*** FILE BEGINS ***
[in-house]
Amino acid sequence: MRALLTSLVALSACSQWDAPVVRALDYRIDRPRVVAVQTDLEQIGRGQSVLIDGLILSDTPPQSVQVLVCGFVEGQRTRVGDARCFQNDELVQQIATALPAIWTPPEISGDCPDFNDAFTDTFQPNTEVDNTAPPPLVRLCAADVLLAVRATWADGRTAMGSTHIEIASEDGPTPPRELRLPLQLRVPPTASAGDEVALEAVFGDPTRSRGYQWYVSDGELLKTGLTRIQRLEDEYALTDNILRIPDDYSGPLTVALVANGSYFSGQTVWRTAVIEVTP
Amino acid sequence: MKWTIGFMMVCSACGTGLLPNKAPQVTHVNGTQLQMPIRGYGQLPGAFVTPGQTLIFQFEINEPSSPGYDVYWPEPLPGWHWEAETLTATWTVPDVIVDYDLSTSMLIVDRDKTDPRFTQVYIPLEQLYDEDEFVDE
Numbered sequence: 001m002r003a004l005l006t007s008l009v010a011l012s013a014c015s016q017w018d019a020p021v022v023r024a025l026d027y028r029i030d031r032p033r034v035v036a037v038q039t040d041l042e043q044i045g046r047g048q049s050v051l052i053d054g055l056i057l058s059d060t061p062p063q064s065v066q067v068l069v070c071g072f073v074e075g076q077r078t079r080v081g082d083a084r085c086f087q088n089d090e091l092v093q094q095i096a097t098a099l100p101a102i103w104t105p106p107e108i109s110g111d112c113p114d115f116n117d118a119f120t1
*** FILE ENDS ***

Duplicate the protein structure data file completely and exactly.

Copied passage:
[in-house]
Amino acid sequence: MRALLTSLVALSACSQWDAPVVRALDYRIDRPRVVAVQTDLEQIGRGQSVLIDGLILSDTPPQSVQVLVCGFVEGQRTRVGDARCFQNDELVQQIATALPAIWTPPEISGDCPDFNDAFTDTFQPNTEVDNTAPPPLVRLCAADVLLAVRATWADGRTAMGSTHIEIASEDGPTPPRELRLPLQLRVPPTASAGDEVALEAVFGDPTRSRGYQWYVSDGELLKTGLTRIQRLEDEYALTDNILRIPDDYSGPLTVALVANGSYFSGQTVWRTAVIEVTP
Amino acid sequence: MKWTIGFMMVCSACGTGLLPNKAPQVTHVNGTQLQMPIRGYGQLPGAFVTPGQTLIFQFEINEPSSPGYDVYWPEPLPGWHWEAETLTATWTVPDVIVDYDLSTSMLIVDRDKTDPRFTQVYIPLEQLYDEDEFVDE
Numbered sequence: 001m002r003a004l005l006t007s008l009v010a011l012s013a014c015s016q017w018d019a020p021v022v023r024a025l026d027y028r029i030d031r032p033r034v035v036a037v038q039t040d041l042e043q044i045g046r047g048q049s050v051l052i053d054g055l056i057l058s059d060t061p062p063q064s065v066q067v068l069v070c071g072f073v074e075g076q077r078t079r080v081g082d083a084r085c086f087q088n089d090e091l092v093q094q095i096a097t098a099l100p101a102i103w104t105p106p107e108i109s110g111d112c113p114d115f116n117d118a119f120t1